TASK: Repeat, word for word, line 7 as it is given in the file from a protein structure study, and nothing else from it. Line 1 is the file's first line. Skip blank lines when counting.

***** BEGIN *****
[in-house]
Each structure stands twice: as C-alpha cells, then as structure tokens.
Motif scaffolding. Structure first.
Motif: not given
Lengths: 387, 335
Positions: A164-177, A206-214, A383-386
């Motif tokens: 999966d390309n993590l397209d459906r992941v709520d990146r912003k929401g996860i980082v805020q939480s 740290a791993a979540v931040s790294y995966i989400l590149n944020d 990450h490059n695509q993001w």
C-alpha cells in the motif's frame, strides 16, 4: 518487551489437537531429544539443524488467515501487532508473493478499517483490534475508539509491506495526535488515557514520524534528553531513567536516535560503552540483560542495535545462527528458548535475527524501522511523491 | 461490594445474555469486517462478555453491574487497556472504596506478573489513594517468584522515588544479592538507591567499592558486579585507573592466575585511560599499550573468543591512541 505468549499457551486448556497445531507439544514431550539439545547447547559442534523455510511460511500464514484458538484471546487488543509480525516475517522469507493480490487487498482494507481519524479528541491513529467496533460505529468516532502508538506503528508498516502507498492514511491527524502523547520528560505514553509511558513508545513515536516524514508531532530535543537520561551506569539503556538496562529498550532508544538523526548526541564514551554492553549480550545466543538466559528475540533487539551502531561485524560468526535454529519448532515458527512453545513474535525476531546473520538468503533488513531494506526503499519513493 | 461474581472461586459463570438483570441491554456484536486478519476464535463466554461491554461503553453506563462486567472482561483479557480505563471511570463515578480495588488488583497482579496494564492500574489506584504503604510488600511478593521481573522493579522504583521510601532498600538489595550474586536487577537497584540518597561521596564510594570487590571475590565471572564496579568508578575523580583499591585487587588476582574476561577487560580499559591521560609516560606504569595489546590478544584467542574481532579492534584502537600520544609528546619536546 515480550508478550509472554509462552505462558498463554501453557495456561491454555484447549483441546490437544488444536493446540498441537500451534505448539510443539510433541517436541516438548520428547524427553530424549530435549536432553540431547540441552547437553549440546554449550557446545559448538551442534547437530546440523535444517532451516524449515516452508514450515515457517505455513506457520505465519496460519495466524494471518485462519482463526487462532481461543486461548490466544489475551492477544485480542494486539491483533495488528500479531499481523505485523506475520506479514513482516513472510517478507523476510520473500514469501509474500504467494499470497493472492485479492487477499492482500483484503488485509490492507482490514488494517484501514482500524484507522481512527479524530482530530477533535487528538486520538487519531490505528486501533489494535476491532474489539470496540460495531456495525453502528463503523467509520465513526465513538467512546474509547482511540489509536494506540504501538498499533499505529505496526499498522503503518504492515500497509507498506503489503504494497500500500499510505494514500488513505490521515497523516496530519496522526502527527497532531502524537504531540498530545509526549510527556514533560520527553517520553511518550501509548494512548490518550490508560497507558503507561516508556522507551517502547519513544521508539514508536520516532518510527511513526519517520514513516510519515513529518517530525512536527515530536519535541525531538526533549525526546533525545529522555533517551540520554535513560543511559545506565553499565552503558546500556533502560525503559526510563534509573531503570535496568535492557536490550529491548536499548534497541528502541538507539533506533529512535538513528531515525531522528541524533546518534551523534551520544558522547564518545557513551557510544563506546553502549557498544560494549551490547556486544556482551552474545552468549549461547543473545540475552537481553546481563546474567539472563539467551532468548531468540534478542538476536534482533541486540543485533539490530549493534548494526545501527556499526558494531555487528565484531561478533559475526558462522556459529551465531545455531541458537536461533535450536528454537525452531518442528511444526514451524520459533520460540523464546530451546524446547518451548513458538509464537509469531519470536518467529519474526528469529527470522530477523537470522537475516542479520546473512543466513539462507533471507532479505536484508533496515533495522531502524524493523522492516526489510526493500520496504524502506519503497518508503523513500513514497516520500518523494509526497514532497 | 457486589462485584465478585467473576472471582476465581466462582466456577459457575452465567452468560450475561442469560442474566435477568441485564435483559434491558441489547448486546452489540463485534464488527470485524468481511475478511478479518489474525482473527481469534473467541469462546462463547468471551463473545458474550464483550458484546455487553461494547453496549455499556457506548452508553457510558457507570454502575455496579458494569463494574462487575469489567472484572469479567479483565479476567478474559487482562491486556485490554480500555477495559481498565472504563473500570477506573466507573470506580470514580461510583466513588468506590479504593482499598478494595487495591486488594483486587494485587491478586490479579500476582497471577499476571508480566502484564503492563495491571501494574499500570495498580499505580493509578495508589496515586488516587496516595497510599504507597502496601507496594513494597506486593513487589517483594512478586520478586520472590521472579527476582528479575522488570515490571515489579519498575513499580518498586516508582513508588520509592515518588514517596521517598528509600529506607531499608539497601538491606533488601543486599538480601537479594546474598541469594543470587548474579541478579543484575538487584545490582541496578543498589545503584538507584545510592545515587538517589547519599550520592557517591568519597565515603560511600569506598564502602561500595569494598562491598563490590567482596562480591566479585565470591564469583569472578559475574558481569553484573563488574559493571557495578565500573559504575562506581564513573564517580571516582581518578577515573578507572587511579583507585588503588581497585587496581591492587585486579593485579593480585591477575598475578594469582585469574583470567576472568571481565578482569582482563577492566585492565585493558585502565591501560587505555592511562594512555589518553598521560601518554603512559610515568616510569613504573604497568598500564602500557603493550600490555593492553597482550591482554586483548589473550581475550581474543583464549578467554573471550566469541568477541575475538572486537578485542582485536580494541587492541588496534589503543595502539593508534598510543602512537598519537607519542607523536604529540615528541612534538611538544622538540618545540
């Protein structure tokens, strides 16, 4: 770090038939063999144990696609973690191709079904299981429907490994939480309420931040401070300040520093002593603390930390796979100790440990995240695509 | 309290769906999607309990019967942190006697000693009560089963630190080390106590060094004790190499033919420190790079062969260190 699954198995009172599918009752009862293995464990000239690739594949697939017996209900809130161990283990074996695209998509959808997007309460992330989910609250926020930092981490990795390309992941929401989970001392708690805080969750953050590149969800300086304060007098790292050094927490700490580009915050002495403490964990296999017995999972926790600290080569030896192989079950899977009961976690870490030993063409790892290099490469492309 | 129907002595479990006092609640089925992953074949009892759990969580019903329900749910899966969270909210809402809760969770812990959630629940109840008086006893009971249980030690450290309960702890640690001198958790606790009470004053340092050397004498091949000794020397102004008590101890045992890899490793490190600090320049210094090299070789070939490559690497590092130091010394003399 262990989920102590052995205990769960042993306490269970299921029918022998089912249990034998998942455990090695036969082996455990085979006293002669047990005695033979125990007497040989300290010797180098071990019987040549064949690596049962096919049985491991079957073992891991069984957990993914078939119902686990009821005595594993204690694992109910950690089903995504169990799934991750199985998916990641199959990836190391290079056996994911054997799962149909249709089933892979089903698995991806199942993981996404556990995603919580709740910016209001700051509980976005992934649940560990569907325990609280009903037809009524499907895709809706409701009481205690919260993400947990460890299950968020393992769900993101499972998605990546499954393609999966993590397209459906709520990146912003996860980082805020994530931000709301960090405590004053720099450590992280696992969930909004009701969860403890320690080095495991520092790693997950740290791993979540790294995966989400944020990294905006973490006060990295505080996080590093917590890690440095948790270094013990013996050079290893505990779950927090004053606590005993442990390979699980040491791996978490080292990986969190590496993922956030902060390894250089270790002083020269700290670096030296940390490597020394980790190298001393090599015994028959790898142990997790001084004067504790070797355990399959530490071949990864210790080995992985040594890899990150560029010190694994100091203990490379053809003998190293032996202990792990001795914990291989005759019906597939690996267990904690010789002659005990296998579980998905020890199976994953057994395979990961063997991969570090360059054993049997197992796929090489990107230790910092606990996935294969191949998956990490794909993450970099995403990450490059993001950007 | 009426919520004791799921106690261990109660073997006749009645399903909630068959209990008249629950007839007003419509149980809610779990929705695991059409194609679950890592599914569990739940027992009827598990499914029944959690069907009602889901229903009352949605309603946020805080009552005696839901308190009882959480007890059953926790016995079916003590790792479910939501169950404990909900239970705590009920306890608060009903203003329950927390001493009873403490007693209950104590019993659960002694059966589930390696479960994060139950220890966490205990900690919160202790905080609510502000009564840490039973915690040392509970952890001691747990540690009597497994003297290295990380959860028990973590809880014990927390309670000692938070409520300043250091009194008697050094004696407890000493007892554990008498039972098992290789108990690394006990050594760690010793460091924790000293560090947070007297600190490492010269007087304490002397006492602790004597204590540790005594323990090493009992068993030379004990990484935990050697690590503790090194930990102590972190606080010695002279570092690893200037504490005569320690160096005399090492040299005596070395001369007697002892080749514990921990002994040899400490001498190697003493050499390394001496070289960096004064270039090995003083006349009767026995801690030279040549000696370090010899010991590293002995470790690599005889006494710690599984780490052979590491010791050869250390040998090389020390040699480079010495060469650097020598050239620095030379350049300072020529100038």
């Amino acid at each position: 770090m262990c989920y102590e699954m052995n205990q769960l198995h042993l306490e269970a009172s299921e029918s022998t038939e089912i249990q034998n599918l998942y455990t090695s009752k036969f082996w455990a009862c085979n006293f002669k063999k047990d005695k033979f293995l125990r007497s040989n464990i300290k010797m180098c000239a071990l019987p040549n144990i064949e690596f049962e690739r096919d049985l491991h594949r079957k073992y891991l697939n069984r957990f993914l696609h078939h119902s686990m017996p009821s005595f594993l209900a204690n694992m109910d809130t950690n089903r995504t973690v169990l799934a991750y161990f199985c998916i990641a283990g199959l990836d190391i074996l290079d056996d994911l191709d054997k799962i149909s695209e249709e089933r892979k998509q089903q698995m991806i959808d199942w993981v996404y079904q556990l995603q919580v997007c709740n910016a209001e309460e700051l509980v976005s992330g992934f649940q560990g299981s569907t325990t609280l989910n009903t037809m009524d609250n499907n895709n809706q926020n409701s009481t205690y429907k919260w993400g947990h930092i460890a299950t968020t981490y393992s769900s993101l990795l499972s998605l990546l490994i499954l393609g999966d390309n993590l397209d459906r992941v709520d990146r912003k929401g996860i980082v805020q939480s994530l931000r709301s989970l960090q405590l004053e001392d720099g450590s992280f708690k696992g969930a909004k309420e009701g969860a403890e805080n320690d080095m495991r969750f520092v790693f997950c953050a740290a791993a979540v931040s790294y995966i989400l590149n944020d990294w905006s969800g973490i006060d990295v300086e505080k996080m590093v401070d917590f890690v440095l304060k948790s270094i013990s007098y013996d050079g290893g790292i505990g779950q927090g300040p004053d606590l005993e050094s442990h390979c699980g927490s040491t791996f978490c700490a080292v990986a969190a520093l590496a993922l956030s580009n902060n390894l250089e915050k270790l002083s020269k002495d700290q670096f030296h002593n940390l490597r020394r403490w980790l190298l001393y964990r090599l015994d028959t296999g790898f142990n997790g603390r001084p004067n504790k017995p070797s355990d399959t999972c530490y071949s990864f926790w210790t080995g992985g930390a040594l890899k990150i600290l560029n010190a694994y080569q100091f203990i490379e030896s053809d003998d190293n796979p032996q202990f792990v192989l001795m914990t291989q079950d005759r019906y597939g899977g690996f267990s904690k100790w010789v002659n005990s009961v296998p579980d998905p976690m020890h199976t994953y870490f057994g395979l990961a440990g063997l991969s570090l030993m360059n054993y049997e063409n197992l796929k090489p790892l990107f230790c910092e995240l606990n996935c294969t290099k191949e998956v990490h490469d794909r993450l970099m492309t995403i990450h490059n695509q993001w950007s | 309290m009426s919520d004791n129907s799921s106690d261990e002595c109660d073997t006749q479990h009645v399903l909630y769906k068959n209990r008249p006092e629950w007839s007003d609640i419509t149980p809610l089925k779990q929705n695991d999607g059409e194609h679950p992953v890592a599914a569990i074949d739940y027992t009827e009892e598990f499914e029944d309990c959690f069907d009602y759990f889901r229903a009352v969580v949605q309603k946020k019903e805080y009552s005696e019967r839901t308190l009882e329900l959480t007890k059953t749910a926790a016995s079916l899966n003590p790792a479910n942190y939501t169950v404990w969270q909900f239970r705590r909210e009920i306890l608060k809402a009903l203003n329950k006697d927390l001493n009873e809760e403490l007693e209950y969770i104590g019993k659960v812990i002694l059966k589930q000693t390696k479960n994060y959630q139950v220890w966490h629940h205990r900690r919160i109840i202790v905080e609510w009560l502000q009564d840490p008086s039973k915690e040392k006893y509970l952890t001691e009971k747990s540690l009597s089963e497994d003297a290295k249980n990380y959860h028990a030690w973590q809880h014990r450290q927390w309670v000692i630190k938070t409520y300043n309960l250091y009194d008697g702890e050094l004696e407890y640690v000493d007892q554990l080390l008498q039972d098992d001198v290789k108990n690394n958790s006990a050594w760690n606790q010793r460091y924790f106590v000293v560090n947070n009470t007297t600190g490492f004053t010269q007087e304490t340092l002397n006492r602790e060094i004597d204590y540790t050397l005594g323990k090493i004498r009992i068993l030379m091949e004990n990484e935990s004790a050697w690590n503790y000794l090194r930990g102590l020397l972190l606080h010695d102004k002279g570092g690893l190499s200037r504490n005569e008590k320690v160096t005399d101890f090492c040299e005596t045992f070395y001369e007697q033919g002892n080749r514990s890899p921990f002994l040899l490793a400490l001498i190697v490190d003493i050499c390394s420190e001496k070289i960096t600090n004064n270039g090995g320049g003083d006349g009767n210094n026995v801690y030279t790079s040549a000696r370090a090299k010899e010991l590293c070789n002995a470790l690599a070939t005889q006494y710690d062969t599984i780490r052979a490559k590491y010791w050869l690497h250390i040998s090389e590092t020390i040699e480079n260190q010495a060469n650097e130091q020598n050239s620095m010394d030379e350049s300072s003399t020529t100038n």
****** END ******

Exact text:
């Motif tokens: 999966d390309n993590l397209d459906r992941v709520d990146r912003k929401g996860i980082v805020q939480s 740290a791993a979540v931040s790294y995966i989400l590149n944020d 990450h490059n695509q993001w």